The 7th Asia-Pacific Virtual Forum on Adaptation to Climate Change was organized by Japan’s Ministry of the Environment and the Asia-Pacific Adaptation Network under the theme “Building resilience for all: a decisive decade for scaling up action”. The forum took place in March and formulated national planning for science and technology, energy and fiscal policy that takes into account the links between climate change, health and biodiversity.
These natural and ecosystem guidelines will serve as the basis for the Asia-Pacific region’s contributions to the United States Climate Leadership Summit; United Nations Conference on Biological Diversity (COP 15) in Kunming, China; And the UN Climate Change Conference (COP 26) in Glasgow, Scotland.
The Asia-Pacific region accounts for 60% of the world’s population (approximately 4.3 billion people). It has the fastest growing economy in the world, fueled by innovation in technology and cryptocurrencies that consume a lot of energy. This leads to the maximum increase in electricity production, mainly from fossil fuels (85%).
Three of the six largest CO2 emissions in the world – China, India and Japan – are located in the Asia-Pacific region, a region that produces about half of the world’s carbon dioxide emissions. As a result, the region is also increasingly affected by extreme weather events.
As 2020 will be the COVID-19 pandemic and the warmest year on record, there is an urgent need to link economic growth with greenhouse gas emissions to shift the Asia-Pacific region towards carbon neutrality. Several countries in the Asia-Pacific region, including Japan, South Korea, Bhutan, Fiji, Maldives, Marshall Islands and Nepal, have announced that they will be carbon-free by 2050; China has set a goal for 2060. These commitments are included in the NDC.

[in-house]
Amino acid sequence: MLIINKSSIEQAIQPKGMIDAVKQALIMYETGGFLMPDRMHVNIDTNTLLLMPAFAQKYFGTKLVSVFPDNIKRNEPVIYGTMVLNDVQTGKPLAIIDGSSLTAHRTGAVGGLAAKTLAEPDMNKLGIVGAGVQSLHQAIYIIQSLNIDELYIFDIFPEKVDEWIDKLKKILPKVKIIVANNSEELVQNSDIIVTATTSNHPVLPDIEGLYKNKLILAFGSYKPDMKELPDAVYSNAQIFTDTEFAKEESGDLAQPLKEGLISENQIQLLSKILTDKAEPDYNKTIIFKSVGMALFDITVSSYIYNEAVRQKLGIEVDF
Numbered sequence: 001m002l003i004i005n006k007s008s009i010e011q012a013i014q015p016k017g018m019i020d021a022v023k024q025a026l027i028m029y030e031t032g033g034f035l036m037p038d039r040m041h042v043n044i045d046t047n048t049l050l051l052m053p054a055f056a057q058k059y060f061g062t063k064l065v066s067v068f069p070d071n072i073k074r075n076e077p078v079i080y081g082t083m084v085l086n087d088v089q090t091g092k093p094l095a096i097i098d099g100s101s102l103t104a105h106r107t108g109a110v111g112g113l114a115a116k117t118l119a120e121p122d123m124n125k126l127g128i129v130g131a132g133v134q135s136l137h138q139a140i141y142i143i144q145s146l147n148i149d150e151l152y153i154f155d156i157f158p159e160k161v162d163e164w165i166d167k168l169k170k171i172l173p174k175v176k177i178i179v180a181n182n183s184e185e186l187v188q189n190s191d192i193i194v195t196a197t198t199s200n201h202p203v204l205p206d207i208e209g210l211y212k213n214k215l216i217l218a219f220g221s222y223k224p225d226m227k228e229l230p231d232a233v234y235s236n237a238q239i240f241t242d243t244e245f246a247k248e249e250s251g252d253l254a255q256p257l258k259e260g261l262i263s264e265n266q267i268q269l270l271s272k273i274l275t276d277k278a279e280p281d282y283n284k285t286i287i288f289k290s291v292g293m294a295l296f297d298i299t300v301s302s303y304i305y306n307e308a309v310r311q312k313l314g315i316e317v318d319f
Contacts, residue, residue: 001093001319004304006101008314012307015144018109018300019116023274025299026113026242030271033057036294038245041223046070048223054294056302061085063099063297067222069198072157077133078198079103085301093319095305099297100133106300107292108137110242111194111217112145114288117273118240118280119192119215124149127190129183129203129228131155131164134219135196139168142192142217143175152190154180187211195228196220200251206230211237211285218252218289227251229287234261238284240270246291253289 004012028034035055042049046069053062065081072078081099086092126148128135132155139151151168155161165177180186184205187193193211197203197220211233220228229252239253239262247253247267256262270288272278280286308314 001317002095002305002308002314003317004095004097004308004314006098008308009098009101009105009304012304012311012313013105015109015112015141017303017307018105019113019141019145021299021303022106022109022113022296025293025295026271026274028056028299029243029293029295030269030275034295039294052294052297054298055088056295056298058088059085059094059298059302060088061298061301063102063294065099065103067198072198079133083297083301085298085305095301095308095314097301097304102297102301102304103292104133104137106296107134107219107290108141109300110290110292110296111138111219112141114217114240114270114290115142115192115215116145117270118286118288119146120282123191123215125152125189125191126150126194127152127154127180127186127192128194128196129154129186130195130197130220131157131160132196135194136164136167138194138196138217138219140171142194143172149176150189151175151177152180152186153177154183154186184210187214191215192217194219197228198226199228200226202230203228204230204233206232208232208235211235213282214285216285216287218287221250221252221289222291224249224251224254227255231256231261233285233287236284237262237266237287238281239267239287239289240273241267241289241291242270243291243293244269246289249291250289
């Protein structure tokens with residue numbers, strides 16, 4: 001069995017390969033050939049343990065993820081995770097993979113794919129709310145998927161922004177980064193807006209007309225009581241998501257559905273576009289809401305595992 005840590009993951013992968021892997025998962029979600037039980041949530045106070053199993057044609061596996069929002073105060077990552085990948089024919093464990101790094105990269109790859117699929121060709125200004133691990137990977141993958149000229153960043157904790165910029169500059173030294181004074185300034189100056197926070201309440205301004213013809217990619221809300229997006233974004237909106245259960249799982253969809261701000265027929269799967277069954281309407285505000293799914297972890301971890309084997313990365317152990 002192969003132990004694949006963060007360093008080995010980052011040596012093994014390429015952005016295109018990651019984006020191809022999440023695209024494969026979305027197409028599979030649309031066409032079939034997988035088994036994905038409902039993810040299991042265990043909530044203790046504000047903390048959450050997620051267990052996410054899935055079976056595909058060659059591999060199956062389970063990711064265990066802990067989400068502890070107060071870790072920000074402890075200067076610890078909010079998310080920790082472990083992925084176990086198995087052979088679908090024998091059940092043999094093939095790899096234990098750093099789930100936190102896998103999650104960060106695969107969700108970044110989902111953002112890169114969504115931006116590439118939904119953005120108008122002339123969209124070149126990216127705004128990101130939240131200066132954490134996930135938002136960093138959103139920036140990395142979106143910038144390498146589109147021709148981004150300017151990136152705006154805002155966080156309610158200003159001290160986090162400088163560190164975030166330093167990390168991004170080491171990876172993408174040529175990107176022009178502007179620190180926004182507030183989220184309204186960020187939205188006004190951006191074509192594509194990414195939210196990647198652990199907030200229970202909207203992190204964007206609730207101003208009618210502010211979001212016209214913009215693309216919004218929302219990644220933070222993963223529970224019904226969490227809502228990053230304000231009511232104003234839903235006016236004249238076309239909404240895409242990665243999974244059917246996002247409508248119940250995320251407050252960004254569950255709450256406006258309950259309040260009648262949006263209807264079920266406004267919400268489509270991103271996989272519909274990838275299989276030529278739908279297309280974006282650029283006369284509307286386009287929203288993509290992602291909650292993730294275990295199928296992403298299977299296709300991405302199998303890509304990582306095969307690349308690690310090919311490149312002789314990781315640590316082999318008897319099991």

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The recently released IMF Governance Paper provides fiscal policy advice for the region, which focuses on three areas:
Increased use of carbon taxes
Increased resilience to climate change;
Increase consumption due to the epidemic for greener activities.
These recommendations address the challenge of climate change in the Asia-Pacific region.
Turn digital innovation into action to tackle climate change in Asia Pacific
With the COVID-19 pandemic, industry digitization has entered a new phase of rapid development.
Houlin Zhao, Secretary General of the International Telecommunication Union, which organizes events and publishes reports to raise awareness of the role of advanced technologies in the environment, climate change and the circular economy, explained:
“Today we are not faced with a transformation, but with two deeper transformations. The first, driven by new technologies such as artificial intelligence, blockchain, the Internet of Things, 5G and more, is changing the behavior of governments, corporations and individuals in this new century. Climate change is destroying ecosystems, threatening biodiversity, food and water security and the future of life on our planet. The question for us is whether humanity can turn this digital revolution into action to combat climate change, and more importantly, can we do it before it’s too late. ”
As Zhao continues, “As more people connect to the Internet, more data is created and more devices connected to the web, the carbon footprint of the digital ecosystem increases.”
The Asia-Pacific region has tremendous potential due to the growing importance of mobile payments and the development of central bank digital currencies, or CBDCs, in Australia, China, India, Japan, Singapore, South Korea, and other countries. The blockchain-based service network in China is developing a global network that will support future CBDCs from multiple countries.
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The adoption of 5G technology is a catalyst for using blockchain to improve scalability and interoperability. Huawei and ZTE in China; Samsung and LG Electronics in South Korea; Sony and Japan’s NEC are leaders in 5G technology.
Huawei was the first company in the world to implement 5G technology and ranked first as a global manufacturer of communications equipment. However, the United States is restricting the company’s access to American technology, which is essential for the production of modern 5G phones and new 5G-compatible mobile infrastructure. As a result, the company’s market share outside of China declined.